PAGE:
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Common Food Allergies and How to Manage Them in 2024

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Our body's immune system is a powerful defender against germs that can lead to illness. However, when the immune system overreacts to harmless food proteins, it can trigger a food allergy reaction. This phenomenon, while often more prevalent in infants and children, can manifest at any age, even appearing suddenly in people who have consumed a particular food without issue for years.

It's crucial to distinguish between food allergies and food intolerances, as there is testing available for food allergies.  However, there is no testing available for most food intolerances or sensitivities.

11 food allergy symptoms

Food allergy symptoms vary in intensity and can emerge minutes to hours after consuming the allergen. Recognizable signs, as outlined by the U.S. Food and Drug Administration, include:

  1. Hives
  2. Flushed skin or rash
  3. Tingling or itchy sensation in the mouth
  4. Face, tongue, or lip swelling
  5. Vomiting and/or diarrhea
  6. Abdominal cramps
  7. Coughing or wheezing
  8. Dizziness and/or lightheadedness
  9. Swelling of the throat and vocal cords
  10. Difficulty breathing
  11. Loss of consciousness

While most food reactions are mild, others can escalate into a condition known as anaphylaxis. This reaction can be fatal and should be treated promptly with immediate injection of epinephrine.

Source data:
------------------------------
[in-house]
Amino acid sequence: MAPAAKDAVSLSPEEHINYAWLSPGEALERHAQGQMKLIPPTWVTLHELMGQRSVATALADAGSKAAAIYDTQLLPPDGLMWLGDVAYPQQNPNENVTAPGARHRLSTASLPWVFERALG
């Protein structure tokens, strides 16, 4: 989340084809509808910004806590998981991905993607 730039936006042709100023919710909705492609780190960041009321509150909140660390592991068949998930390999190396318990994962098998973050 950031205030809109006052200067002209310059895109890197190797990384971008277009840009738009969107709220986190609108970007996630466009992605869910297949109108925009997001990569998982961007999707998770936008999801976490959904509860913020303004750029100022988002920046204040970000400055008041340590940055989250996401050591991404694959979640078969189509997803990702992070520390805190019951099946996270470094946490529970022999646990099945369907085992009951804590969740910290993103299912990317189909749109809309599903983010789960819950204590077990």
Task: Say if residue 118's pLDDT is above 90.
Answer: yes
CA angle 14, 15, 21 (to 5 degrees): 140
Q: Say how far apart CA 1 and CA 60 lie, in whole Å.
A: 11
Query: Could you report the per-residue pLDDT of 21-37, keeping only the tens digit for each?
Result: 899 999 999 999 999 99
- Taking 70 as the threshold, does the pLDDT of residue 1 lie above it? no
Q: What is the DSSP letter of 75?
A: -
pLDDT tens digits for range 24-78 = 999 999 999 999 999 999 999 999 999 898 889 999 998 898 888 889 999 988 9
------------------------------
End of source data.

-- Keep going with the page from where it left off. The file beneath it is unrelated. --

The top nine food allergies

Originally, the Food Allergen Labeling and Consumer Protection Act of 2004 identified eight major food allergens:

  1. Milk
  2. Eggs
  3. Fish
  4. Shellfish
  5. Tree nuts
  6. Peanuts
  7. Wheat
  8. Soybeans

In 2021, sesame was added as the ninth major allergen. However, it's crucial to note that any food, not just those on the list, can trigger an allergic response.

Diagnosis and management

Seeking the expertise of an allergist is the first step in addressing suspected food allergies. A thorough medical history and appropriate tests, such as skin-prick tests or allergy blood tests, can aid in diagnosis, however the most important part of diagnosing food allergy is the patient's history (what they ate, timeline of events). These tests don't identify food intolerances or sensitivities that we know exist, yet can be challenging to identify and treat given these current limits.

An elimination diet may be recommended to pinpoint food sensitivities. Patients avoid suspected foods and gradually reintroduce them, helping link specific foods to reactions.

For those with known allergies, newer treatments like omalizumab, an injectable prescription medication, have shown promise in increasing tolerance to allergens, reducing the risk of severe reactions from accidental exposure.

Navigating everyday life

People with food allergies should exercise caution, particularly when dining out. Communicating allergies to servers and, if possible, speaking directly with the chef, can help with a safer dining experience.

In Louisiana, where the culture revolves around food, particularly seafood, a prevalent allergen, understanding food allergies becomes crucial. Educating ourselves about these allergies becomes an essential ingredient for a safer, healthier life.

Learn more about Nina Hein, MD

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